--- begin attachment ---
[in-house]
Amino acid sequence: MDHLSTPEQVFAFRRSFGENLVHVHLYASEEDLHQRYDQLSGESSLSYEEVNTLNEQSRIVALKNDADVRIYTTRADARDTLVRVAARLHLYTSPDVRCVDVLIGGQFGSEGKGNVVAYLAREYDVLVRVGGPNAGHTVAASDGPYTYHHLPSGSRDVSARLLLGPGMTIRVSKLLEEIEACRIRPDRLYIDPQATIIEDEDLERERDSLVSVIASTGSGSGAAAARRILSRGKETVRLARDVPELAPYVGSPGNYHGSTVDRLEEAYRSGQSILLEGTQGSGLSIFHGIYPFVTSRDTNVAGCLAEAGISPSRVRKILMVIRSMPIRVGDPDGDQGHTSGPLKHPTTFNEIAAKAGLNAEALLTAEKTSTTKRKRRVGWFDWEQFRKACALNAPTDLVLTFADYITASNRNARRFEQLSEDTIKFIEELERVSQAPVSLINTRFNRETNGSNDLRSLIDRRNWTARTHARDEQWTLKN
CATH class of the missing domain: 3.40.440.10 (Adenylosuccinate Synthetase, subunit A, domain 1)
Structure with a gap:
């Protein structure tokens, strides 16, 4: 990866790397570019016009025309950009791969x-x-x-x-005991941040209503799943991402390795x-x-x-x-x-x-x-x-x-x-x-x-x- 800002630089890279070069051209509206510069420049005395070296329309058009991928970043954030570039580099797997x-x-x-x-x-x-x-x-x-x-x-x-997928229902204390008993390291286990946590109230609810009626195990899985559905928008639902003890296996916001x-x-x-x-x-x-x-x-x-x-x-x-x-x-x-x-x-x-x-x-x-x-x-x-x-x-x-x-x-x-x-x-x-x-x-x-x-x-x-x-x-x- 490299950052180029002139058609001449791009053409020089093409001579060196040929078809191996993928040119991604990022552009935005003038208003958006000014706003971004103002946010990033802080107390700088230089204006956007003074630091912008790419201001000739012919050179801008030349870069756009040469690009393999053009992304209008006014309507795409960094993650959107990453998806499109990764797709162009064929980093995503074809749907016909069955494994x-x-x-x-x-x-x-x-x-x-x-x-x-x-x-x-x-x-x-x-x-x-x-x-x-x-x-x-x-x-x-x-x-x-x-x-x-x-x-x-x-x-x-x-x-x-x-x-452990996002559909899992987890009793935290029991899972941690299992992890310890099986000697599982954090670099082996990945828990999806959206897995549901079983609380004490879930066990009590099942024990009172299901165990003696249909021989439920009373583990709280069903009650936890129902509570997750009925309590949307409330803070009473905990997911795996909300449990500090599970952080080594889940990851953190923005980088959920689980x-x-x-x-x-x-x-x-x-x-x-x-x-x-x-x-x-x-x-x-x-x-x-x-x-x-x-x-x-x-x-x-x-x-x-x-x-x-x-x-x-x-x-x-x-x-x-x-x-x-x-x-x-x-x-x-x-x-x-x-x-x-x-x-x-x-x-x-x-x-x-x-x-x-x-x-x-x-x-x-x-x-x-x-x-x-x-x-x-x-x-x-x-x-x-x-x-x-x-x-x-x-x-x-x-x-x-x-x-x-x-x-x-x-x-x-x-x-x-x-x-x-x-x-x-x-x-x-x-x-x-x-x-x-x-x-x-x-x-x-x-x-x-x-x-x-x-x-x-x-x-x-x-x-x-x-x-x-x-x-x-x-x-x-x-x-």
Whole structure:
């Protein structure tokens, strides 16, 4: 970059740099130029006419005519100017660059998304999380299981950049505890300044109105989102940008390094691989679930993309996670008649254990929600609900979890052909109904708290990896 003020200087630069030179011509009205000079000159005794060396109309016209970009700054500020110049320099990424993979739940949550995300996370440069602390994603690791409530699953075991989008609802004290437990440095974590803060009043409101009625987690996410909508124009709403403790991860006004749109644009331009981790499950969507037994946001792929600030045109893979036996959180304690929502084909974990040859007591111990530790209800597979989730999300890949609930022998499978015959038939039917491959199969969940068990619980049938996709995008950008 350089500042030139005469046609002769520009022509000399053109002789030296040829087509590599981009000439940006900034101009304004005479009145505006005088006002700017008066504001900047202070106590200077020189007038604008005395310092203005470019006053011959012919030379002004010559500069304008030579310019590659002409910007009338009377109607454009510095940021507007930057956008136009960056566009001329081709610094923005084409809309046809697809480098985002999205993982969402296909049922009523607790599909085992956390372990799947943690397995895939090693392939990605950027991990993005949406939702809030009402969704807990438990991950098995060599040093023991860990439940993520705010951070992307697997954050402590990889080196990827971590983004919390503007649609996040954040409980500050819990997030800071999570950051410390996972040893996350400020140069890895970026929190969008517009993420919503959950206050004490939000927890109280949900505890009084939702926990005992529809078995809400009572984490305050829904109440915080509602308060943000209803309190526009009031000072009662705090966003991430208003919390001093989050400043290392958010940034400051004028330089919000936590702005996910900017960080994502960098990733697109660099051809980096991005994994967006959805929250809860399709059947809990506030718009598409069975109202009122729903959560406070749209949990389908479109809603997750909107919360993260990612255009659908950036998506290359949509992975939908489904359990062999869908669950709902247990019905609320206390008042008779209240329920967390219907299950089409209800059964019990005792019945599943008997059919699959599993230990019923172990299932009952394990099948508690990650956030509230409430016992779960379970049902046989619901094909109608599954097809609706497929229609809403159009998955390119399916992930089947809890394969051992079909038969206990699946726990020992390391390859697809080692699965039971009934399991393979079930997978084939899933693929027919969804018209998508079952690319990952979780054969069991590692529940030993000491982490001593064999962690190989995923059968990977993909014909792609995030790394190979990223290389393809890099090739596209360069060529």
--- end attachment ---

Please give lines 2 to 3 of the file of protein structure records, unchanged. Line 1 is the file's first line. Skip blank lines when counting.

Amino acid sequence: MDHLSTPEQVFAFRRSFGENLVHVHLYASEEDLHQRYDQLSGESSLSYEEVNTLNEQSRIVALKNDADVRIYTTRADARDTLVRVAARLHLYTSPDVRCVDVLIGGQFGSEGKGNVVAYLAREYDVLVRVGGPNAGHTVAASDGPYTYHHLPSGSRDVSARLLLGPGMTIRVSKLLEEIEACRIRPDRLYIDPQATIIEDEDLERERDSLVSVIASTGSGSGAAAARRILSRGKETVRLARDVPELAPYVGSPGNYHGSTVDRLEEAYRSGQSILLEGTQGSGLSIFHGIYPFVTSRDTNVAGCLAEAGISPSRVRKILMVIRSMPIRVGDPDGDQGHTSGPLKHPTTFNEIAAKAGLNAEALLTAEKTSTTKRKRRVGWFDWEQFRKACALNAPTDLVLTFADYITASNRNARRFEQLSEDTIKFIEELERVSQAPVSLINTRFNRETNGSNDLRSLIDRRNWTARTHARDEQWTLKN
CATH class of the missing domain: 3.40.440.10 (Adenylosuccinate Synthetase, subunit A, domain 1)